U.S. Congresswoman Yvette D. Clarke, daughter of Jamaican immigrants, and New York Councilmember Jumaane Williams, son of Grenadian immigrants, told the Caribbean Media Corporation (CMC) they were surprised by the court’s decision.
“(U.S. President) Donald Trump introduced the Muslim ban to discriminate based upon the religion of people entering the United States, as he has stated on many occasions during and after his campaign for the presidency,” said Clarke, representative for the 9th Congressional District in Brooklyn.
“That fact, by itself, should have rendered the Muslim ban unconstitutional. History will look back on this decision as one where the Supreme Court clearly endorsed religious discrimination.”
Clarke said Muslim Americans and Muslim immigrants seeking to become Americans are and have been “a significant part of the rich fabric of our communities and civil society.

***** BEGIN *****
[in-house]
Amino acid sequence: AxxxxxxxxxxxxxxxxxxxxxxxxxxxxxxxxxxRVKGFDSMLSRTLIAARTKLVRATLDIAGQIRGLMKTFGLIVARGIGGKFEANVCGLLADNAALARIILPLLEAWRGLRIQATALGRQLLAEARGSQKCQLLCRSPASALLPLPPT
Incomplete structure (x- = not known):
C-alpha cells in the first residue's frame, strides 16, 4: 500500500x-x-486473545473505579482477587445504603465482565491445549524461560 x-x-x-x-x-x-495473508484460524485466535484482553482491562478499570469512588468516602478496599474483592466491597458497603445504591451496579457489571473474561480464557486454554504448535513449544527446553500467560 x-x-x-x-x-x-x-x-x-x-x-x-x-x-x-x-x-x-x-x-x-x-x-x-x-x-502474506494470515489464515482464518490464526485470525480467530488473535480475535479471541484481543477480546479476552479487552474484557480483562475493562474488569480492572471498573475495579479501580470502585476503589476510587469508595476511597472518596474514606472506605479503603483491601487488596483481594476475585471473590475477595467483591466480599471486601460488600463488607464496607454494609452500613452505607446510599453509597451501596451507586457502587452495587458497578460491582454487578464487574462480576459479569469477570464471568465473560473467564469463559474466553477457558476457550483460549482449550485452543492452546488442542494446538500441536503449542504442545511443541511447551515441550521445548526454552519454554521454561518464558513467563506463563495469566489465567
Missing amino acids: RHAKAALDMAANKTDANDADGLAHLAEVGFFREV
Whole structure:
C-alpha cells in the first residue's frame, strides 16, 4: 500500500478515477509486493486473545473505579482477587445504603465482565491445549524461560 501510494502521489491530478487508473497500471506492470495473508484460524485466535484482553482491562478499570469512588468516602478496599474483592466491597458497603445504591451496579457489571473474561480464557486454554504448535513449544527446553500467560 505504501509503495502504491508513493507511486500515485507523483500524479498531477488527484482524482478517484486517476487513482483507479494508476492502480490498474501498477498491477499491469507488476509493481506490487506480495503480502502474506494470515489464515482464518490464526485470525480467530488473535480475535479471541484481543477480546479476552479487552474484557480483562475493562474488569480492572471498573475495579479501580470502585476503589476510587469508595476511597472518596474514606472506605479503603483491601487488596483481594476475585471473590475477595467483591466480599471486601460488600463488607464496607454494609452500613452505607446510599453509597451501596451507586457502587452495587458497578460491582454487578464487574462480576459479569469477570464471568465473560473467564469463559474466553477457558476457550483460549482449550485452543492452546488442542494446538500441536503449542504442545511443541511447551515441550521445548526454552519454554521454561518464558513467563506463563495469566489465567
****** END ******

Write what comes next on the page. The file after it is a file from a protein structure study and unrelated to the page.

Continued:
“(The) … decision has contradicted this long held virtue and is a regression in substance and in form,” she added.
Williams, who represents the 45th Council District in Brooklyn, said the U.S. Supreme Court’s ruling “enables institutionalized bigotry, codified racism.”
In a 5-4 vote, the court’s conservative justices said that the president’s power to secure America’s borders, delegated by U.S. Congress over decades of immigration legislating, was not infringed by the president’s history of inflammatory remarks about the perils he said Muslims pose to the U.S.